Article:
We have previously discussed the implications of COVID-19 on employers in the Los Angeles area. First and foremost, it is vital that every employer take steps to keep their workers safe during this ongoing health crisis. Businesses also need to be aware of how changes to the state workers’ compensation laws will affect their overall operating costs. Will Governor Gavin Newsom’s executive order concerning workers’ compensation affect your business? Here, we want to discuss what a rebuttal presumption is and how this will affect your company.
On May 6, 2020, Governor Gavin Newsom issued an executive order that determined any COVID-19-related illness of an employee in the state will be presumed to arise out of the course of their employment when it comes to awarding workers’ compensation benefits. Specifically, this executive order says that workers can access these benefits as long as the employee tests positive for COVID-19 within 14 days of performing their job-related duties (so long as the duties were not performed at home).
This order has significantly altered the way that most workers’ compensation claims are handled concerning illnesses in the workplace. In general, most employees would be ineligible to receive workers’ compensation benefits for contracting an illness that is widely spread throughout the general public, such as influenza.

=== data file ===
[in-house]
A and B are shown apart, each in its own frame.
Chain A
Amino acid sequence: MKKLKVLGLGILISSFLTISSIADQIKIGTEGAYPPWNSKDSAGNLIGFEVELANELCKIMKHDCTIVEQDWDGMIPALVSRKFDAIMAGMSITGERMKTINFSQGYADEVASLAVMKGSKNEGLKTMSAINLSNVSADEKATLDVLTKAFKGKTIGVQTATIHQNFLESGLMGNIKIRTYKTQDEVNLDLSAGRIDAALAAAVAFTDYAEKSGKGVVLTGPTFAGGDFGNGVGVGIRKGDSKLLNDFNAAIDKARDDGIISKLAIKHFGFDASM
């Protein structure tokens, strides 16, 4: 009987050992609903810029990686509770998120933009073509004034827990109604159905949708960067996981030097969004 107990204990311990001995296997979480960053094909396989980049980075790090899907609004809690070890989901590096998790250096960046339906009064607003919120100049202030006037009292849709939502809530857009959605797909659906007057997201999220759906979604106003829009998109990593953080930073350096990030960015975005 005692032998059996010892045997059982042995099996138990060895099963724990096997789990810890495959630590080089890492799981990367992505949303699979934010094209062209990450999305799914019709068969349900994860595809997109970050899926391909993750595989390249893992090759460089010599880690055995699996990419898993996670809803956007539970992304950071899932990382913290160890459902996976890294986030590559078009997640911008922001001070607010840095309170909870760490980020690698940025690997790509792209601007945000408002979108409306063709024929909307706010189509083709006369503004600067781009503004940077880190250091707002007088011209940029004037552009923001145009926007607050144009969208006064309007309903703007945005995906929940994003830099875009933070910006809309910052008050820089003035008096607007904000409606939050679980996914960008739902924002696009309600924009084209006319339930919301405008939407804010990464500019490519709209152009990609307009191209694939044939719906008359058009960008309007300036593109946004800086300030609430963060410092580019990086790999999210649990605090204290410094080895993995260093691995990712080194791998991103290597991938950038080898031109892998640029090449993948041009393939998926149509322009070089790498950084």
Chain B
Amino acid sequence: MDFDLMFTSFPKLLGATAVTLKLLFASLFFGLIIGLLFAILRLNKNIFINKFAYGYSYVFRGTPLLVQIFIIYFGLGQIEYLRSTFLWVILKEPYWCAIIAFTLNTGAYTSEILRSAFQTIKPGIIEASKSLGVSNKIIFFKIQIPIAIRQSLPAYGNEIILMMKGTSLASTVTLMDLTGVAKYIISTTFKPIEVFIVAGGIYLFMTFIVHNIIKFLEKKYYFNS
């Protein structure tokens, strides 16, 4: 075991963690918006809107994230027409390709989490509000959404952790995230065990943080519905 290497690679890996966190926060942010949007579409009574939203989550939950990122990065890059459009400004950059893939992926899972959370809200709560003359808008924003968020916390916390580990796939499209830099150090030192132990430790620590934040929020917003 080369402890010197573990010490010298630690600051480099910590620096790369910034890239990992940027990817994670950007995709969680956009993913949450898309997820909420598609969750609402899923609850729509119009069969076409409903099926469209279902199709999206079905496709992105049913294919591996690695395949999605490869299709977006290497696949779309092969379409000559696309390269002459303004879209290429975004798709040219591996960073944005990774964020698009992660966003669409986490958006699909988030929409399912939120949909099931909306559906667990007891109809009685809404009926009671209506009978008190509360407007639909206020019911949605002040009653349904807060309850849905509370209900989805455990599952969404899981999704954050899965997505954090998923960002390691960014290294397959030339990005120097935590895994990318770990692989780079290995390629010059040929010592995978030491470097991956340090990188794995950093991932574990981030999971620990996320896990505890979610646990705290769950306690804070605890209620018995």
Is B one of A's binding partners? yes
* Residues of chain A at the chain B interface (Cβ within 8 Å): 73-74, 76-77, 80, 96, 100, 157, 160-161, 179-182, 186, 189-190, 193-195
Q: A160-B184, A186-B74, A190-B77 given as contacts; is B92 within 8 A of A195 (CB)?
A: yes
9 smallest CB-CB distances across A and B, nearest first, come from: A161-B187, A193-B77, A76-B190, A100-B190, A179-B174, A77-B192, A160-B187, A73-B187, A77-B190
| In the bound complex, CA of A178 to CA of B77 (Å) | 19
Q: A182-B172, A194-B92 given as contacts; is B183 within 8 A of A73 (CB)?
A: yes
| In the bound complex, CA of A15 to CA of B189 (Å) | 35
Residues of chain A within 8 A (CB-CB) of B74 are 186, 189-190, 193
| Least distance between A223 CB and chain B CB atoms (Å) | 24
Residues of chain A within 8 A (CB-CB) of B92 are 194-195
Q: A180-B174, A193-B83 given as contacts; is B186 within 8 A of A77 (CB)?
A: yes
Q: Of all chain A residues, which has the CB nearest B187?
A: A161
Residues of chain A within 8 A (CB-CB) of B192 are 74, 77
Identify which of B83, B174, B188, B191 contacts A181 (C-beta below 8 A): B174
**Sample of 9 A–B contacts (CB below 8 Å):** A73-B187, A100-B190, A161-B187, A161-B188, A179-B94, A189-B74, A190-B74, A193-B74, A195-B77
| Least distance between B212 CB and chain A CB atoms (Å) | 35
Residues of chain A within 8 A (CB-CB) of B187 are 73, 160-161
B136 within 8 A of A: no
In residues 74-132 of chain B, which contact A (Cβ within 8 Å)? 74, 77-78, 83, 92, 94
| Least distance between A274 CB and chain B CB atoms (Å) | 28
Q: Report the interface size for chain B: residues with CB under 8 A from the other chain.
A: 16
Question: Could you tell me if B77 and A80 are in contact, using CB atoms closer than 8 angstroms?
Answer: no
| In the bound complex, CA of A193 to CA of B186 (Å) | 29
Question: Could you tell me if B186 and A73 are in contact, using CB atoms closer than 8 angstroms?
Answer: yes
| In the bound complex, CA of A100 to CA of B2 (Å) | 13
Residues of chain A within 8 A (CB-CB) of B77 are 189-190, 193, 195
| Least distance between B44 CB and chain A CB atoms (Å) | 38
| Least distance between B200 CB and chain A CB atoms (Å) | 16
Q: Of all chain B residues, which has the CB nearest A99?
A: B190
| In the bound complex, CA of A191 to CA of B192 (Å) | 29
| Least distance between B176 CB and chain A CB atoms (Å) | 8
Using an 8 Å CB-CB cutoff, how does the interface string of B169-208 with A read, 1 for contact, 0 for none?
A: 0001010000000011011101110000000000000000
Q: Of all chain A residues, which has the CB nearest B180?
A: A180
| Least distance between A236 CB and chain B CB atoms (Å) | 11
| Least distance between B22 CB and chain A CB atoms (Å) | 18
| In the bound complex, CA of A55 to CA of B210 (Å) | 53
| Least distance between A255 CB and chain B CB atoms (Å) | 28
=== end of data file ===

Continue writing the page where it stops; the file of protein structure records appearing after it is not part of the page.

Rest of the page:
This executive order shifts the burden of proof onto the employer, meaning that the only way that a worker would not receive benefits would be if an employer can prove that the employee did not contract COVID-19 while performing workplace duties. Amidst this ongoing pandemic, this would be incredibly difficult.
The concern for businesses will quickly turn to whether or not this will eventually raise workers’ compensation premiums. This could be a big deal because affording insurance is already difficult for many companies, particularly smaller businesses in California.
While it may be difficult to prove that an employee did not contract COVID-19 while working for your company, we do want to point out that you absolutely still have to carry workers’ compensation insurance, even in the midst of this pandemic. Failing to carry insurance for your employees could result in serious fines and even criminal penalties. If your premiums do go up, please find ways to afford the costs. The penalties for failing to carry insurance far outweigh well your additional increase in premiums may be.
If you have any questions about how COVID-19 will affect your workers’ compensation premiums or requirements, you need to speak to an attorney with experience handling these situations. When you call the team at Sacks & Zolonz, LLP, we are going to make sure that you are doing everything necessary to remain on the right side of the law when it comes to insuring your employees. Let our Los Angeles workers compensation defense attorneys help you get through this situation today. You can contact us for a consultation of your case by clicking here or calling 310-216-7778.